It Was No Conspiracy!
MacArthur & Eisenhower
by Lyndon H. LaRouche, Jr.
September 13, 2010Today, I am among the mere handful of those few still living veterans of a certain past military service, who were part of what some people today would call, mistakenly, ``a conspiracy.'' Today, we few represent that handful of those veterans who, today, had lived through that awful morning when the news had come, that our greatly beloved President Franklin Delano Roosevelt had died. Ours is simply the patriotism of those, among us at that time, who had reacted with a certain, special devotion to that sense of patriotic mission to which we had been called during what was, still then, the ongoing great, long war.
That was, at first, no more than the silent oath to which I committed myself when the news of President Roosevelt's death reached the few of us who would be gathered that evening in a military encampment at Kanchrapara in Bengal, India. When we met quietly in the dusk of that evening, there, I replied to that group of fellow-soldiers who came to me to ask their question. My words from that past are carved in memory still today: ``We have been led, until now, by a great President, who has now died. The new President is a little man, and, I am afraid for our country, now.'' One remembers things like that....
This Week's News
U.S. Economic/Financial News
Sept. 16 (EIRNS)According to the US Census Bureau annual report issued on Sept. 16, in the year 2009Obama's first year in officethe overall poverty rate in the U.S. climbed to 14.3%, or 43.6 million people. In 2008, the rate had been 13.2%, or 39.8 million people.
The share of Americans without health coverage rose from 15.4% to 16.7%, or 50.7 million people. The number would have been even higher in 2009 were it not for three factors: increases in Social Security payments, expansions of unemployment insurance, and a record number of working mothers.
Other census findings include:
Among the working-age population, ages 18 to 65, poverty rose from 11.7% to 12.9%. That is the highest since the 1960s.
Poverty rose among all race and ethnic groups, but was highest among blacks and Hispanics. The number of Hispanics in poverty increased from 23.2% to 25.3%. For blacks, it increased from 24.7% to 25.8%.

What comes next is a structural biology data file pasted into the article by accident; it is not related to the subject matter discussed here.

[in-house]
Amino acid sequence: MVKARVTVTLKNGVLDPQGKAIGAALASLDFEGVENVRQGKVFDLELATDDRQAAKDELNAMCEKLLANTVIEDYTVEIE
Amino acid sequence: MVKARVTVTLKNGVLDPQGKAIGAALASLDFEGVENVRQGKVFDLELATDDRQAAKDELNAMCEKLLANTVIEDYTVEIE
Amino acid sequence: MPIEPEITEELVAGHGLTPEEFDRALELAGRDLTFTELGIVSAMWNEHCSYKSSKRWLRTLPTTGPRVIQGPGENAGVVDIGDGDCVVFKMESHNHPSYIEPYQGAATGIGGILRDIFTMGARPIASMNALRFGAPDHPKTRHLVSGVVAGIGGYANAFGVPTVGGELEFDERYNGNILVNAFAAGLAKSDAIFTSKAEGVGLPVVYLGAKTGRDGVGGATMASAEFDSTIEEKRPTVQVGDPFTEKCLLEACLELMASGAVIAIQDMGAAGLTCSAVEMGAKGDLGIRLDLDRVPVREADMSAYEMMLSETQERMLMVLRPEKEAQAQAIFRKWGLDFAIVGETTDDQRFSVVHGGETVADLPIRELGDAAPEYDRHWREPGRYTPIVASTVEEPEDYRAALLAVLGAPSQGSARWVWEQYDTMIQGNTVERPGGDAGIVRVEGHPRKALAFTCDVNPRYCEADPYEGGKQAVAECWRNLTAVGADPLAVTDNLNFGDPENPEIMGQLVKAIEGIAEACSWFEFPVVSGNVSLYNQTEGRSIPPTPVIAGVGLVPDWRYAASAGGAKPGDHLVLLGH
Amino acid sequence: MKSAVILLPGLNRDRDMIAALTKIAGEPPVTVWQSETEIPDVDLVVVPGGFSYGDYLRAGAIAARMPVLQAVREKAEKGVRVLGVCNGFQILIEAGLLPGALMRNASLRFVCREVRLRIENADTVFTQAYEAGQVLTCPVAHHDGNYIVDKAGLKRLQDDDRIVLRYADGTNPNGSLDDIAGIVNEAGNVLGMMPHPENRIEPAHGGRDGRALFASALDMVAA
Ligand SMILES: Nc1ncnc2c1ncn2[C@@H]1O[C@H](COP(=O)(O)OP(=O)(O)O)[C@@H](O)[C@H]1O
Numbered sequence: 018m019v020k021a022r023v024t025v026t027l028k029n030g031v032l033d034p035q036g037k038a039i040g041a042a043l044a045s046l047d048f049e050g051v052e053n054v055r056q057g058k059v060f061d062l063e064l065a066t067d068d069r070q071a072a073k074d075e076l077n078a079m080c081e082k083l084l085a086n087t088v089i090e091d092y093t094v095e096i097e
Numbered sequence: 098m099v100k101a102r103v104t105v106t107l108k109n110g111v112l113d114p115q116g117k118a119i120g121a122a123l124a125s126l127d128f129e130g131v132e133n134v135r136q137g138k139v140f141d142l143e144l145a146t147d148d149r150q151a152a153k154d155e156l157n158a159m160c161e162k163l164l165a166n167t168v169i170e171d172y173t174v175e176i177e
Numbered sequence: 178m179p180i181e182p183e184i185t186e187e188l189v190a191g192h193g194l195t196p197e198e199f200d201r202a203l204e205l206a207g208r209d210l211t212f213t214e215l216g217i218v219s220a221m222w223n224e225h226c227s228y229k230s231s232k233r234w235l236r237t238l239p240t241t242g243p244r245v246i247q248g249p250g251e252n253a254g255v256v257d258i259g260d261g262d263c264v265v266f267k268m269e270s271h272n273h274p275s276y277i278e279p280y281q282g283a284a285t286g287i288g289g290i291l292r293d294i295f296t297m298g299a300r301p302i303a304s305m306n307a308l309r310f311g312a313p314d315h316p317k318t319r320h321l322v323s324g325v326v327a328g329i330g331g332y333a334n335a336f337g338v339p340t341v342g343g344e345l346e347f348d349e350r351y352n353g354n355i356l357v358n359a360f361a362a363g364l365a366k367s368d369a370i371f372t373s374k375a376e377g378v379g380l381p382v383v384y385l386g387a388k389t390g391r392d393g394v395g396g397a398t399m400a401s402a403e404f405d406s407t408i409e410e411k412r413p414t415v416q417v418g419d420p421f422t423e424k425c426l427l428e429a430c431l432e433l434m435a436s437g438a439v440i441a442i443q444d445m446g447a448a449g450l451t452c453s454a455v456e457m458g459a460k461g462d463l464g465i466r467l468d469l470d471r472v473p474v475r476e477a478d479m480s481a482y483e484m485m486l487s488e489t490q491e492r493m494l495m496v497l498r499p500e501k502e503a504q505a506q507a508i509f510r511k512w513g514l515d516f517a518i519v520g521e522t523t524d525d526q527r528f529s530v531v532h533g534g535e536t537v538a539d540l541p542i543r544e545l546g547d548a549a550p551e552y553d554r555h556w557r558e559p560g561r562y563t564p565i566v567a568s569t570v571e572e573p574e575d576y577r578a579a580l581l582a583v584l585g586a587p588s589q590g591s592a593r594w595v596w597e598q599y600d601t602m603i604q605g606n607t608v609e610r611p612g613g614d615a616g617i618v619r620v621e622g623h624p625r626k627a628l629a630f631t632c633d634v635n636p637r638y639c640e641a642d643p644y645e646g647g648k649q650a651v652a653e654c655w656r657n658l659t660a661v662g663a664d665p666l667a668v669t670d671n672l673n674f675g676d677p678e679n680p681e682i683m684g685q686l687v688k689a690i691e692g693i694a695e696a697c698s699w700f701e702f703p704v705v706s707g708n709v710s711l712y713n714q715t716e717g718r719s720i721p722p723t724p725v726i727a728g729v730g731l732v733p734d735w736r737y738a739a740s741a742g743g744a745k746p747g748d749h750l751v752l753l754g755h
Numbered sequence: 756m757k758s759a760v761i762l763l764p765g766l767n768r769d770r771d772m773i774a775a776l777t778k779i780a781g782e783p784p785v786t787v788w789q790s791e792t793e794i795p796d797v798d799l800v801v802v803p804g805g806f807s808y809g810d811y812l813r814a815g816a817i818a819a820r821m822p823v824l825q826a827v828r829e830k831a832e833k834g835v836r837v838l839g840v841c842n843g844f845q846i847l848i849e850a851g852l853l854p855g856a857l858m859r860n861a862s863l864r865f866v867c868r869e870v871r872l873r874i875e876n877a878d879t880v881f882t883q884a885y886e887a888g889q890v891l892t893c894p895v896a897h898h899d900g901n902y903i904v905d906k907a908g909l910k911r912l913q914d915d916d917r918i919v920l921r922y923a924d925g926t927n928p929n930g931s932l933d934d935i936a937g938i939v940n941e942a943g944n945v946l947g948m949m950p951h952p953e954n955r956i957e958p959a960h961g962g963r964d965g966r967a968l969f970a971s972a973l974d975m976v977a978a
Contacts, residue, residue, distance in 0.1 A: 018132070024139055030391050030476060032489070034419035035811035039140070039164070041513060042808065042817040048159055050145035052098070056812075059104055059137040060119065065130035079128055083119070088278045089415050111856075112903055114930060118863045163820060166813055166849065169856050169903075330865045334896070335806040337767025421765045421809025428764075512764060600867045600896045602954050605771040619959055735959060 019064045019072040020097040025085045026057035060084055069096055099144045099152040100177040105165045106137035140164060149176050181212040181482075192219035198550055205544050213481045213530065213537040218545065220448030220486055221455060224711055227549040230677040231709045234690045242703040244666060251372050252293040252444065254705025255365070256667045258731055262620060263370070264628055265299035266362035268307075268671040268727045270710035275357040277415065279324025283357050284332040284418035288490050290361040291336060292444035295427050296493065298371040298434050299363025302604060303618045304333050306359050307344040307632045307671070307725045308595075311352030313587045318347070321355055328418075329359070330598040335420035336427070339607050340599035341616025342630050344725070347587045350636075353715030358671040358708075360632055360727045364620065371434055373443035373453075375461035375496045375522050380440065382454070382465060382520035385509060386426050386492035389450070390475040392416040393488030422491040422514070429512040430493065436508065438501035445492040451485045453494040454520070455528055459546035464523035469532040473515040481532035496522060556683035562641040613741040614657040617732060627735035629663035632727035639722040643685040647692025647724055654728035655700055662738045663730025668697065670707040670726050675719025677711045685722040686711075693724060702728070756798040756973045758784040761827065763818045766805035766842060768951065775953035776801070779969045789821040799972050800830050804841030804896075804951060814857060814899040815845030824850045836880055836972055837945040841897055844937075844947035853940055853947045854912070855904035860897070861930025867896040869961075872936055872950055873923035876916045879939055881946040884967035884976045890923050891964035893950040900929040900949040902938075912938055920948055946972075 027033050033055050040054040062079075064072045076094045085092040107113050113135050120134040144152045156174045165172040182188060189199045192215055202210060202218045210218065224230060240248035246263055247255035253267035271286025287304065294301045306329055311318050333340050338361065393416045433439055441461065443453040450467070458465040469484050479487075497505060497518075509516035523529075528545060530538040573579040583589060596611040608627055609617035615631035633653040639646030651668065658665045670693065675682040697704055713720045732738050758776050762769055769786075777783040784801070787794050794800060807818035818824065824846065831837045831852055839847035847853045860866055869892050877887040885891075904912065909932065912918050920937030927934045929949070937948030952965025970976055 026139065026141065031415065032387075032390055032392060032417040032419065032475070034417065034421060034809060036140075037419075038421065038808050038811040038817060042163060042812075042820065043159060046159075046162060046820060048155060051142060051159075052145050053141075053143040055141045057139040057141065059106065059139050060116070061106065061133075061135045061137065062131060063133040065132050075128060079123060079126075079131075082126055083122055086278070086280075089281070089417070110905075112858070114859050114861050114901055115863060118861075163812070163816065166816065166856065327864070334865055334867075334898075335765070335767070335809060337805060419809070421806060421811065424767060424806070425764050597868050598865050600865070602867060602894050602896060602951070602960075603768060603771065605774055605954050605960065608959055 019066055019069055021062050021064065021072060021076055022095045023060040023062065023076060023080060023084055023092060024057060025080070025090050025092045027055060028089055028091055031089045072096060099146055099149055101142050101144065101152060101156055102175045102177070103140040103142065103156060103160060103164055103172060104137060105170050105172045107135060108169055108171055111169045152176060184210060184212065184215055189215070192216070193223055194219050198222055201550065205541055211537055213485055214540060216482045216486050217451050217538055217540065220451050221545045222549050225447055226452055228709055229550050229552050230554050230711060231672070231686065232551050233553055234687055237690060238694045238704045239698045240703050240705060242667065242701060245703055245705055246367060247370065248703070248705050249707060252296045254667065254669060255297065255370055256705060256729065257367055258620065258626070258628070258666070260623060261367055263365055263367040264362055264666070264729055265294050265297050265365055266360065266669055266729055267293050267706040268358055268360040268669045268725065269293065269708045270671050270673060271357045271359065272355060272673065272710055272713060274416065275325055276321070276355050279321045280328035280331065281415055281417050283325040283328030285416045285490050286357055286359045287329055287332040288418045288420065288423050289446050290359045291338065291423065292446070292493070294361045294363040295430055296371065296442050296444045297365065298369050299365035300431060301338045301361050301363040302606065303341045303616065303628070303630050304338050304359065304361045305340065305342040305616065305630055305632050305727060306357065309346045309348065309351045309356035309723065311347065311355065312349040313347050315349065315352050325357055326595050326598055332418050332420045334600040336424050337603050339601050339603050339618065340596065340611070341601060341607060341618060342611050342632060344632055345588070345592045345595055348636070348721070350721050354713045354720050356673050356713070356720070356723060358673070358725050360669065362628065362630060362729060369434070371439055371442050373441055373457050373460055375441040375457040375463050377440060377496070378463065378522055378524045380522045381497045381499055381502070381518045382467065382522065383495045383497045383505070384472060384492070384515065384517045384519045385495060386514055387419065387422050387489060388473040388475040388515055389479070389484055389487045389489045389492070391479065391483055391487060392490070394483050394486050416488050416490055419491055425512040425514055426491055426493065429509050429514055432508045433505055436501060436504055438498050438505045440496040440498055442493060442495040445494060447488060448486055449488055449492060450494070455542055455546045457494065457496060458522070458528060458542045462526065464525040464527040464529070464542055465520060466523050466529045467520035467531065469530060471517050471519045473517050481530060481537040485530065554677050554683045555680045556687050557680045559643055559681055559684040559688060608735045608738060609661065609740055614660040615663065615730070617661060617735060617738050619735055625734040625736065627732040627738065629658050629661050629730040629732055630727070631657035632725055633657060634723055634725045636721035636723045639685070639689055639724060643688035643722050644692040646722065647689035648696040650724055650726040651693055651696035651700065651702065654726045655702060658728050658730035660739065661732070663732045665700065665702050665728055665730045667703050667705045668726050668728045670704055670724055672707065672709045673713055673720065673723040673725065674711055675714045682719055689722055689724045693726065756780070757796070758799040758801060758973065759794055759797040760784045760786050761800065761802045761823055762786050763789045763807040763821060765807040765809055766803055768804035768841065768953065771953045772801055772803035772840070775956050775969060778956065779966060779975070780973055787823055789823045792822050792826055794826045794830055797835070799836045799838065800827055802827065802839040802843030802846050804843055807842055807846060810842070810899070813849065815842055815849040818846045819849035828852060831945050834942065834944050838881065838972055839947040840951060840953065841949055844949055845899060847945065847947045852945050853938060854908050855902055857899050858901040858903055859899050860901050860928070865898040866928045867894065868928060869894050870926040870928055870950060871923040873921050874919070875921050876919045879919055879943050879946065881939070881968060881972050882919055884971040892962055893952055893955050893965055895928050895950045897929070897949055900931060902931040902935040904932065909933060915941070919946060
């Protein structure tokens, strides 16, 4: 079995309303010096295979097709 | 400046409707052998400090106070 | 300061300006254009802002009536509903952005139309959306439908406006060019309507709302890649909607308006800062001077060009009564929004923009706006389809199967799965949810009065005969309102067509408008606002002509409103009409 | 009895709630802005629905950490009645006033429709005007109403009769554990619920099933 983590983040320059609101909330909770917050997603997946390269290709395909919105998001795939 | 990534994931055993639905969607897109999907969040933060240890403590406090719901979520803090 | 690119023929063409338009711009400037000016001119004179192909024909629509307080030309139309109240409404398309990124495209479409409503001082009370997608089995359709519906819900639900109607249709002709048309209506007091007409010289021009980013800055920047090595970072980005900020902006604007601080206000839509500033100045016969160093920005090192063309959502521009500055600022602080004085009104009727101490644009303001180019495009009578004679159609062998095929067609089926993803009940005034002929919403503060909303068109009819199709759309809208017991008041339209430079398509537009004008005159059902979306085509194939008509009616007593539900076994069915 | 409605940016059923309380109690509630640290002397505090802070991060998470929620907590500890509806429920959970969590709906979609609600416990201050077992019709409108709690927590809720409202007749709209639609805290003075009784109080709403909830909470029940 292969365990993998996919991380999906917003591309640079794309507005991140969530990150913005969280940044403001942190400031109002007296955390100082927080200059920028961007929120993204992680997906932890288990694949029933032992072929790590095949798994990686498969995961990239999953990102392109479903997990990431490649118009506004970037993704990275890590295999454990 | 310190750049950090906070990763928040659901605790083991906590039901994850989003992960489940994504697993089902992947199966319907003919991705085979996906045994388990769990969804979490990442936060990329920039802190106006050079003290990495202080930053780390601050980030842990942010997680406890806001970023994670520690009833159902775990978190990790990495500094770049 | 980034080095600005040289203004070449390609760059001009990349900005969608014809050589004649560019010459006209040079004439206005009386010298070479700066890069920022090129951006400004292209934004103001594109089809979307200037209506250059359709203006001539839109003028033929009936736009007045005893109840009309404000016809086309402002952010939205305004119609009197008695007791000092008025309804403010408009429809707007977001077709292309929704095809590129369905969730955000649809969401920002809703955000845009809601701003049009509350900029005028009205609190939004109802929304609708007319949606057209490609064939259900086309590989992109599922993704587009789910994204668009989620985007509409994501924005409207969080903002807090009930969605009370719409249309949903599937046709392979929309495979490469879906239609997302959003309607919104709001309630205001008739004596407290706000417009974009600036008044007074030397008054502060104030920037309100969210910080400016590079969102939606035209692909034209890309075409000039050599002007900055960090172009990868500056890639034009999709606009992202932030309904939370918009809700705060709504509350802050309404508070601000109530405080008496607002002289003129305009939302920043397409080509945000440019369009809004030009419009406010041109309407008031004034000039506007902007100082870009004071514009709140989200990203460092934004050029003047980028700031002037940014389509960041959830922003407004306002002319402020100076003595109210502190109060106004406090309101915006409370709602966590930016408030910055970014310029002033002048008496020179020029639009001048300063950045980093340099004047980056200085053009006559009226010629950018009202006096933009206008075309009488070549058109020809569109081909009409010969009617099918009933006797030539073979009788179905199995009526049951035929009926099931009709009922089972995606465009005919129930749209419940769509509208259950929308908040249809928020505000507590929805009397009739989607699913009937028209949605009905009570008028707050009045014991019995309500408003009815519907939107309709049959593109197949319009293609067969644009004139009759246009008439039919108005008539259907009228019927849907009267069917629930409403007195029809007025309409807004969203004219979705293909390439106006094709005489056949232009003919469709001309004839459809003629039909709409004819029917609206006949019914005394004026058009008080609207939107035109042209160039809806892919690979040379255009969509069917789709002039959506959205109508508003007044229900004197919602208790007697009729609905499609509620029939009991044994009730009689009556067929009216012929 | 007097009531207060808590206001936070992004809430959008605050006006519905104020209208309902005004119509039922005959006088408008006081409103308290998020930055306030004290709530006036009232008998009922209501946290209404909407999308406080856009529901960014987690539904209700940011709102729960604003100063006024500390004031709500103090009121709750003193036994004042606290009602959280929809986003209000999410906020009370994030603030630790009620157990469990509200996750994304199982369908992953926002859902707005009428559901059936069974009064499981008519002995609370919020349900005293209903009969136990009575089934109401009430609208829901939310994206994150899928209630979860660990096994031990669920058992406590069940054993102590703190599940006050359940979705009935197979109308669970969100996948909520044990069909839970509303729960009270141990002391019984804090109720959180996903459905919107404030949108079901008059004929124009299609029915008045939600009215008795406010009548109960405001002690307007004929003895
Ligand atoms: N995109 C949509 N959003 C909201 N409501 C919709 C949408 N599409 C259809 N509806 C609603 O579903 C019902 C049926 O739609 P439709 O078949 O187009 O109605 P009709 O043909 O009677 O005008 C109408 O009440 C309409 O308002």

Child poverty rose from 19% to 20.7%.
The situation is even worse in some states. Take Texas. There, nearly 4.3 million people lived in poverty last year, up 11% from a year earlier. The poverty rate in Texas17.3%remained the nation's 6th highest in 2009. The rate among Texas children also has increased since 2008. Poverty now affects almost 1.8 million Texas children under 18. Texas child poverty rate was 25.6% last year, up from 23.1% a year earlier.
Sept. 18 (EIRNS)The ever-deepening financial crisis faced by governments at every level shows just how entropic "money" really is. When budget writers and government officials are faced with needs that can't be funded by shrinking tax revenues, they slash spending and reduce or eliminate essential government activities such as public safety, health, and infrastructure, all of which guarantees that they will be cutting even more when the next round of budget-writing begins.
The following developments illustrate the point:
* Hollywood, Fla.The FY11 budget proposed by the city manager cuts funding to 150 cultural events and proposes laying off 105 city employees, including 26 firefighters, 31 police officers, 40 general employees, and 8 managers, in order to close a $5.2 million budget deficit. The city commission declared a "financial emergency" earlier this month, allowing it to unilaterally reopen union contracts in order to force concessions from public sector unions.
* Chula Vista, Calif.The city is contemplating laying off 33 police officers by Jan. 1, 2011, as part of an effort to deal with a $12.5 million budget deficit. The police layoffs would "save" the city $4 million, out of a $44 million police budget, but one officer says that Chula Vista's police department is already the "leanest staffed law enforcement agency in the county."